Hospitality industry anxious after Covid-19 rules extended to December 15

A public health campaign encouraging citizens to comply with non-pharmaceutical protocols, a much faster rate of vaccination and a strengthened healthcare system is the way to deal with Covid-19, says Fedhasa.
A public health campaign encouraging citizens to comply with non-pharmaceutical protocols, a much faster rate of vaccination and a strengthened healthcare system is the way to deal with Covid-19, says Fedhasa.
Image: Sandile Ndlovu

“Don’t shut us down in December,” the hospitality industry pleaded on Tuesday, calling on government not to impose additional restrictions on the sector.

This comes as the national state of disaster declared to handle the Covid-19 pandemic was extended to December 15 by co-operative governance and traditional affairs minister Nkosazana Dlamini-Zuma at the weekend.

She cited a “need to augment the existing legislation and contingency arrangements undertaken by the organs of state to address the impact of the disaster”.

The Federated Hospitality Association of SA (Fedhasa), the umbrella association for hotels, restaurants, conference centres, caterers, self-catering accommodation, B&Bs, guest houses, taverns and shebeens, is asking government to use “all other mechanisms at its disposal” to control the spread of the coronavirus.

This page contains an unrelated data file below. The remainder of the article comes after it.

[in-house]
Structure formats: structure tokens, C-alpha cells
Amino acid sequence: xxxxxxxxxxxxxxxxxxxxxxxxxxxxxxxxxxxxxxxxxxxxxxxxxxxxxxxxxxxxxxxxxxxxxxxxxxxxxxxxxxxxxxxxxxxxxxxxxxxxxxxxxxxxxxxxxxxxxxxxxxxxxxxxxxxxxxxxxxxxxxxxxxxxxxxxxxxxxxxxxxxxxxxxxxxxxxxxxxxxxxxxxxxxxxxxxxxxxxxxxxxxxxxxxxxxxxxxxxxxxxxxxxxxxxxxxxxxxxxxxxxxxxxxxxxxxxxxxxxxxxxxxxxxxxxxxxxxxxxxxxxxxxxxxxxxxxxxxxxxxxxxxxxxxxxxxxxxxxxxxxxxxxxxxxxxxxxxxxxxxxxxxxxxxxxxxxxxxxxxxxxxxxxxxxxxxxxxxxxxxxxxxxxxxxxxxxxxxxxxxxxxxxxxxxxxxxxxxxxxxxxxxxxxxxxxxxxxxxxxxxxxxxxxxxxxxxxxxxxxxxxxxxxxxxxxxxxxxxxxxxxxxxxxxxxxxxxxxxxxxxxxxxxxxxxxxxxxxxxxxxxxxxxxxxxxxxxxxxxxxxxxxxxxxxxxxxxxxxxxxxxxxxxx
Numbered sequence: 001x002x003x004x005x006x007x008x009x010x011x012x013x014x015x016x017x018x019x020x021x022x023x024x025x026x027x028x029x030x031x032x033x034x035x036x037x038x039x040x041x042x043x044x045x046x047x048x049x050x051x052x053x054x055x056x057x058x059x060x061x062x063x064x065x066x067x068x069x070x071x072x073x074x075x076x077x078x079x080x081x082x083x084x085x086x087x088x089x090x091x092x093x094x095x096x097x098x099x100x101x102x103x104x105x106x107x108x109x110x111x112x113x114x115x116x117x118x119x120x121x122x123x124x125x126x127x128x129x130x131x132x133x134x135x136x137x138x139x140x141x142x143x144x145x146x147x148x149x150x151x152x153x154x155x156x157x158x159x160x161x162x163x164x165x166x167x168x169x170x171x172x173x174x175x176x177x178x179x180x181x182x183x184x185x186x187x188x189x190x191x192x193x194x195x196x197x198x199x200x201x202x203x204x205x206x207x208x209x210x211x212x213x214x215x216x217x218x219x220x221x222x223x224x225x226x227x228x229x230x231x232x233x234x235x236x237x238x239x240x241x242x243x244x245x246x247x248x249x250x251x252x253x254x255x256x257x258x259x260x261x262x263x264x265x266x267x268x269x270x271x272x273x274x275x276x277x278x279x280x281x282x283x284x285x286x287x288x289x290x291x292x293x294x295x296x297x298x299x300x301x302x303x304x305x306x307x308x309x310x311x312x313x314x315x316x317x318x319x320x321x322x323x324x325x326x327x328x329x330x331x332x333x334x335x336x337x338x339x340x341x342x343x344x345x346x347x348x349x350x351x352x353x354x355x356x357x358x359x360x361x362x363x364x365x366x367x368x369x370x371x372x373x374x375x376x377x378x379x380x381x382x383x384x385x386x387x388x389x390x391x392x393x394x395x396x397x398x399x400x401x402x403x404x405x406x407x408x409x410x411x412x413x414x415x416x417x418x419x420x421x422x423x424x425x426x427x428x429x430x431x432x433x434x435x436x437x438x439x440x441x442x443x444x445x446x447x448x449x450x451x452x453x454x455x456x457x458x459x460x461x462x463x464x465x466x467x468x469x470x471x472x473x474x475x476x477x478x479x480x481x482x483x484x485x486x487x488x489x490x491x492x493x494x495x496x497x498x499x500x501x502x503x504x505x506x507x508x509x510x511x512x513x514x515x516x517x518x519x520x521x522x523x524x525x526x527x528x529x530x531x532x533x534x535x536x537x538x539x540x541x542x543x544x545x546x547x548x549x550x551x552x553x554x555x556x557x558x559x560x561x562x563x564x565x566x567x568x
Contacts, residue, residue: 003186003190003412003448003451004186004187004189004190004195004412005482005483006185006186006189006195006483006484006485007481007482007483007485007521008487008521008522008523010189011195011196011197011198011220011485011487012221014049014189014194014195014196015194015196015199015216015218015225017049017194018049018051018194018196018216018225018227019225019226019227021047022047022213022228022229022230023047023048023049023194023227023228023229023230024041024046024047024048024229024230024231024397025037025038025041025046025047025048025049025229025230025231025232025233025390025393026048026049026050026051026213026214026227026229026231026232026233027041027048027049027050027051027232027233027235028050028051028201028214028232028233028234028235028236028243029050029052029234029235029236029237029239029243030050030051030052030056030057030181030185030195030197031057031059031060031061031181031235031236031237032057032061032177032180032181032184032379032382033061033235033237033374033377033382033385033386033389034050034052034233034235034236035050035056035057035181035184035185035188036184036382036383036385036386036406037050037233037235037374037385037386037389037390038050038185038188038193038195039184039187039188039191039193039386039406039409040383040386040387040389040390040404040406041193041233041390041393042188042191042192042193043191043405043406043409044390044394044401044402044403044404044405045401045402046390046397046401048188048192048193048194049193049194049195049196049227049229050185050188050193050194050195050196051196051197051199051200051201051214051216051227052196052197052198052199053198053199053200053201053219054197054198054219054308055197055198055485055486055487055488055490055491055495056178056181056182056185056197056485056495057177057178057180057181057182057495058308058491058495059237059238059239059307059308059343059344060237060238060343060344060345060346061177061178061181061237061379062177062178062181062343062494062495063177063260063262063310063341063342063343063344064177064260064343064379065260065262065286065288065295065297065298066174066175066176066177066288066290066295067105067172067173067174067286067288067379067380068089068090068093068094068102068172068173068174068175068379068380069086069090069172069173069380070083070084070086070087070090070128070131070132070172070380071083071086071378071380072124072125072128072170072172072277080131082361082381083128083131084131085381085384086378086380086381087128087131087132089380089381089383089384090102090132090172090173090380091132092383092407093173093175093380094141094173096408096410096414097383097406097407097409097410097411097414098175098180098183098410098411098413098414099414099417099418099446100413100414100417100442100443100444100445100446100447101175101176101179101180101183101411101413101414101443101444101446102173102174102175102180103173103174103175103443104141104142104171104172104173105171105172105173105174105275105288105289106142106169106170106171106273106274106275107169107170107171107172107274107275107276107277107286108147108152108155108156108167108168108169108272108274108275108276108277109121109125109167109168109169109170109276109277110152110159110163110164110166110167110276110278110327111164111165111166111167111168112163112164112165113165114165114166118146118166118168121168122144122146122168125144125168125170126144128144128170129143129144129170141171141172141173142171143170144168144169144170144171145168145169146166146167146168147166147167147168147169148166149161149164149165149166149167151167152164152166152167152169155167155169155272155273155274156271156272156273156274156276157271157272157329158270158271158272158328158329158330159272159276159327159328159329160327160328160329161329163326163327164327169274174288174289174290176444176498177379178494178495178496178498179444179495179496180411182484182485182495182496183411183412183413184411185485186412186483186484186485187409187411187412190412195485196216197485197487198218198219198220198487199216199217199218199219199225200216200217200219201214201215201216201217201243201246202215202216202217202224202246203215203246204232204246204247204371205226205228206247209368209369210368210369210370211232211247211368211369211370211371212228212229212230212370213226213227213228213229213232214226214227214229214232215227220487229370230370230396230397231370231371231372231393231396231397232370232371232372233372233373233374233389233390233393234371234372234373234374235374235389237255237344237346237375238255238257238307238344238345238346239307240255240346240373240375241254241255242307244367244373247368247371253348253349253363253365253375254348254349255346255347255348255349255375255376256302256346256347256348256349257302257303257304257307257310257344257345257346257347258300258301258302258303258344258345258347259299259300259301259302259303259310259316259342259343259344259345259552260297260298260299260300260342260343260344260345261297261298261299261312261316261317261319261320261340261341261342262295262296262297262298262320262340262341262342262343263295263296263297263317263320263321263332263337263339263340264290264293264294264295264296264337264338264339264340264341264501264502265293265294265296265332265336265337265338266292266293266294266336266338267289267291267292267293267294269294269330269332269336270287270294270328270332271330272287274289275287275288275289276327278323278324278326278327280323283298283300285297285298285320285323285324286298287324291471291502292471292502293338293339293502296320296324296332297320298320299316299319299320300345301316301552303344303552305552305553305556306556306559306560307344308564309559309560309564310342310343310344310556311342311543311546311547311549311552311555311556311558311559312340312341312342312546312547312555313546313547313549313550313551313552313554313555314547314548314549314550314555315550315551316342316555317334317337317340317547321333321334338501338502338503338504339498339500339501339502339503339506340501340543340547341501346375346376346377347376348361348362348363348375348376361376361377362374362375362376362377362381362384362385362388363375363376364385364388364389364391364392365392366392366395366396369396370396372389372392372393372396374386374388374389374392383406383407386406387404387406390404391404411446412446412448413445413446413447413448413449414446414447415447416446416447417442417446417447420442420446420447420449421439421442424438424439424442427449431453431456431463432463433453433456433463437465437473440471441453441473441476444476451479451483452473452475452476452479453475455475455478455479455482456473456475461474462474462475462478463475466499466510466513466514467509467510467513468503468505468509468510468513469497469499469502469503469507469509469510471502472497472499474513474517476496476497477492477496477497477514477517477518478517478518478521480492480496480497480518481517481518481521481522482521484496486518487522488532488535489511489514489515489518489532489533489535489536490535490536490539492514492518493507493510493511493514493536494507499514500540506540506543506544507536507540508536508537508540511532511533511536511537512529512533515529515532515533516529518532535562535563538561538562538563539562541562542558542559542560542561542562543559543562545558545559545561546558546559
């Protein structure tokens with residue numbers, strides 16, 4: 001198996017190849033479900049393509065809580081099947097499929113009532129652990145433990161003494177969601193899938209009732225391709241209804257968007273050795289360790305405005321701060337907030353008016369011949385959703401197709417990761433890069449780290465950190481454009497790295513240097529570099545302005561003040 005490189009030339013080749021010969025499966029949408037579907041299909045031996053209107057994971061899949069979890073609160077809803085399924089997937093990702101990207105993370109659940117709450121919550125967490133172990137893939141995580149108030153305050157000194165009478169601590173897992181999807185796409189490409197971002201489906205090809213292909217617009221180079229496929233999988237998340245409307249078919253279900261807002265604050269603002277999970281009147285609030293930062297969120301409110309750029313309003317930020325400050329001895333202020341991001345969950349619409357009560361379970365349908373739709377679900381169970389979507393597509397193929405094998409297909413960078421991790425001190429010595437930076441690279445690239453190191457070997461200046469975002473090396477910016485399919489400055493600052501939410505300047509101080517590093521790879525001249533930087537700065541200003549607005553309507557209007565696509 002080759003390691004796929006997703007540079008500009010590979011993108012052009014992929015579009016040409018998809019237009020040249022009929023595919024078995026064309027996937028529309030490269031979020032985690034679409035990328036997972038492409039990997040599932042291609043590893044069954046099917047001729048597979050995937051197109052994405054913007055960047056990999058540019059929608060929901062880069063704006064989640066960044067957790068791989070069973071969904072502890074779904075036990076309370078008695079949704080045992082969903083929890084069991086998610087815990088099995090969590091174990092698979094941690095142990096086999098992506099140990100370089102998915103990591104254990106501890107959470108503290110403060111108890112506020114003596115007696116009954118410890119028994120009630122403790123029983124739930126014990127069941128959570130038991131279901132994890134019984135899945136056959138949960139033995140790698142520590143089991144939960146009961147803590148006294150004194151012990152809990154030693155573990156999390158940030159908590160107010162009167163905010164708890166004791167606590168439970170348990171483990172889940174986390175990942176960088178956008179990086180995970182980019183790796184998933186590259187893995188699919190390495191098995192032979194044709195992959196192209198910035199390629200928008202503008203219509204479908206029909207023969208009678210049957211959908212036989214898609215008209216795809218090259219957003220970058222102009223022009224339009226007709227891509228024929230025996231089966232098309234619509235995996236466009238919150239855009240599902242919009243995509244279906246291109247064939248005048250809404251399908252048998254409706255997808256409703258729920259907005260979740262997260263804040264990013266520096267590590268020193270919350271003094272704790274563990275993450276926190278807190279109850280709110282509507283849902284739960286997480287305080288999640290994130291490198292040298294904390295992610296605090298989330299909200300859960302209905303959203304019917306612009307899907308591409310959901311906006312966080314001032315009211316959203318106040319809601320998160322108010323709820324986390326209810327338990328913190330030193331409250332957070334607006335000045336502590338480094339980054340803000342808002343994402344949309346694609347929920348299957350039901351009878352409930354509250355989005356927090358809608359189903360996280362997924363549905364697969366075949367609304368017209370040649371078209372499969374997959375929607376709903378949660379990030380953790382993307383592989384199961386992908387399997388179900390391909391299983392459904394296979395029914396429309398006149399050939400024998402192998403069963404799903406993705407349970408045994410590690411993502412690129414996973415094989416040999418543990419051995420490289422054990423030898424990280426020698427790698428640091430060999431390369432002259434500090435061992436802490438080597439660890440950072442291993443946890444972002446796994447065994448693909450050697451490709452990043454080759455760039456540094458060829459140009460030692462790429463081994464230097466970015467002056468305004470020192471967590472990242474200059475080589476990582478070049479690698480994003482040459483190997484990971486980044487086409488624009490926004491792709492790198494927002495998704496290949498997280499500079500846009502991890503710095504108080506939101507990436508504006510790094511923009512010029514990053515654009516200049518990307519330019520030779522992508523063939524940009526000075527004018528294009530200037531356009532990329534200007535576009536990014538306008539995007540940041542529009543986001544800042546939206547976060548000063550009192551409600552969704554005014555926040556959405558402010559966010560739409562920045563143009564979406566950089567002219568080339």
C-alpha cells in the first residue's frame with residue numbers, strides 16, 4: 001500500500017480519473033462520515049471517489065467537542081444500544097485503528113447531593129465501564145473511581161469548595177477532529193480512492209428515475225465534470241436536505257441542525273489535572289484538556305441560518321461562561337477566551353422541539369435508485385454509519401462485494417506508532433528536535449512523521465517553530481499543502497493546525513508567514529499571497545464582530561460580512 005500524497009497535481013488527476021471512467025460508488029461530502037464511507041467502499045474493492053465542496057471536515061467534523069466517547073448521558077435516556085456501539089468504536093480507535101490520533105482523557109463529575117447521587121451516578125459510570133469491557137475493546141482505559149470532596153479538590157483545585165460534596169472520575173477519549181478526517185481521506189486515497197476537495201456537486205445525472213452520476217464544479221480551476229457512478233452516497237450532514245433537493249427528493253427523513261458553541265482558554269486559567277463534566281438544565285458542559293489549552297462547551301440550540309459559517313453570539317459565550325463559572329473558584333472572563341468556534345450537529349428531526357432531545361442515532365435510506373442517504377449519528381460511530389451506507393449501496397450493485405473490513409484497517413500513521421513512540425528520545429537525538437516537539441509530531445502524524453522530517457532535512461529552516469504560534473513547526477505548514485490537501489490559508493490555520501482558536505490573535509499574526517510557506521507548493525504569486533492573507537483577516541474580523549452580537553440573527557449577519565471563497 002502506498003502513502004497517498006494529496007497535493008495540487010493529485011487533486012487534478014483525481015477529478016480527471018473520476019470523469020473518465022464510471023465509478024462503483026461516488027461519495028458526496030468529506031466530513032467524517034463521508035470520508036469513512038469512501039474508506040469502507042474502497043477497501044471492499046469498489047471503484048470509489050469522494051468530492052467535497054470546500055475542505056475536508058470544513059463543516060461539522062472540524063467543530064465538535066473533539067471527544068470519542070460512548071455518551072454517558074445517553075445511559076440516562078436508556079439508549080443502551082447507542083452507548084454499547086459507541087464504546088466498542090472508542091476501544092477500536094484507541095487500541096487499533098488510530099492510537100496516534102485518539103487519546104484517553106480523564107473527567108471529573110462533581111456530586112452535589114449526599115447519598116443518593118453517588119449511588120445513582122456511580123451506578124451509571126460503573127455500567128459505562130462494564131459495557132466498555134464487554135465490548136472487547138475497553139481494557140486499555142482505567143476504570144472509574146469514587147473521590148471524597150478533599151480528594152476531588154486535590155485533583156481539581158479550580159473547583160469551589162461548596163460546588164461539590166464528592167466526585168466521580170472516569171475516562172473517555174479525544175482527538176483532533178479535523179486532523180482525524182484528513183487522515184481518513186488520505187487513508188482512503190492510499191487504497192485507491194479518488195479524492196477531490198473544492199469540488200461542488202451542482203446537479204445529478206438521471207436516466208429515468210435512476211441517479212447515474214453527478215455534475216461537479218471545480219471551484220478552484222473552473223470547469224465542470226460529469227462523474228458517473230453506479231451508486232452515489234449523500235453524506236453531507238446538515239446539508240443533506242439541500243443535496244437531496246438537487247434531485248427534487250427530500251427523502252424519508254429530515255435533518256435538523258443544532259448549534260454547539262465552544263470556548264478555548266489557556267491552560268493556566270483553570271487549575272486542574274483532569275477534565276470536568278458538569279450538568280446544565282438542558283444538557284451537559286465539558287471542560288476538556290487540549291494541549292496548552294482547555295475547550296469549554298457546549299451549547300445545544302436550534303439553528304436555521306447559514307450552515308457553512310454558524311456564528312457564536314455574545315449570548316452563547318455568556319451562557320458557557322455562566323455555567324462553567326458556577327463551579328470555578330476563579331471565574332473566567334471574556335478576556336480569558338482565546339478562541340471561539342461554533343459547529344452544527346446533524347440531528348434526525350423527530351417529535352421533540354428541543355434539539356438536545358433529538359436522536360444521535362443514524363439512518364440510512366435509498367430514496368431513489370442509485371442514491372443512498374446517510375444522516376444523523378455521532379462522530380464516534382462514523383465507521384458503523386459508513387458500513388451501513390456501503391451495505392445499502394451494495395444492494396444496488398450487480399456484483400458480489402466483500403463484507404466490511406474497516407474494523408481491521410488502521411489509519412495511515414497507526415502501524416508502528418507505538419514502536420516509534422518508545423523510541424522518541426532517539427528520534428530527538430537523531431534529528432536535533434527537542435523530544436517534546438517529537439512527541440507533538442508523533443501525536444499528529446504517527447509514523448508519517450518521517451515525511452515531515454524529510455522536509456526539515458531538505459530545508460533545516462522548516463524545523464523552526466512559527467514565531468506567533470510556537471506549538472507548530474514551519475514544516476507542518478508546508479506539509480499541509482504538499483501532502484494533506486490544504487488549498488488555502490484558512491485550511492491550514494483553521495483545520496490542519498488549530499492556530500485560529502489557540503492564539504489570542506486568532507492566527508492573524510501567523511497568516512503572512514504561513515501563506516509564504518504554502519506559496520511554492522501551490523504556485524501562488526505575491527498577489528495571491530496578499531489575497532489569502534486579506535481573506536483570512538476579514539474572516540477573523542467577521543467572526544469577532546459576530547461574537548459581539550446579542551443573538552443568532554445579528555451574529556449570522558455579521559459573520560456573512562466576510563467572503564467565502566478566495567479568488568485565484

Fedhasa urged government to make every effort to avoid instituting regulations which hamper the hospitality sector’s operations, “particularly over the festive season break when many businesses will be trying to recover from the losses over the past 19 months”.

“As an industry, we are not insensitive to the fact that balancing lives and livelihoods is an impossible task and we understand sacrifices have to be made. However, hotels and restaurants are not just a non-essential lifestyle activity which can be switched on and off to stem the spread of Covid-19,” said Rosemary Anderson, Fedhasa national chairperson.

Unlike many other sectors, the hospitality sector has largely borne the brunt of changing lockdown regulations, despite putting in place stringent health and hygiene protocols, she said.

“Thousands of livelihoods have already been lost and every day the operations of the hospitality sector and its extended supply chain are curtailed through regulations, more livelihoods hang in the balance.”

Anderson said Fedhasa advocated:

  • a public health campaign encouraging citizens to comply with non-pharmaceutical protocols;
  • a much faster rate of vaccination; and 
  • a strengthened healthcare system.

“These really are the only way we can eliminate continuing surges, avoid Covid-19 limiting operations and restore some semblance of normality in our lives.”

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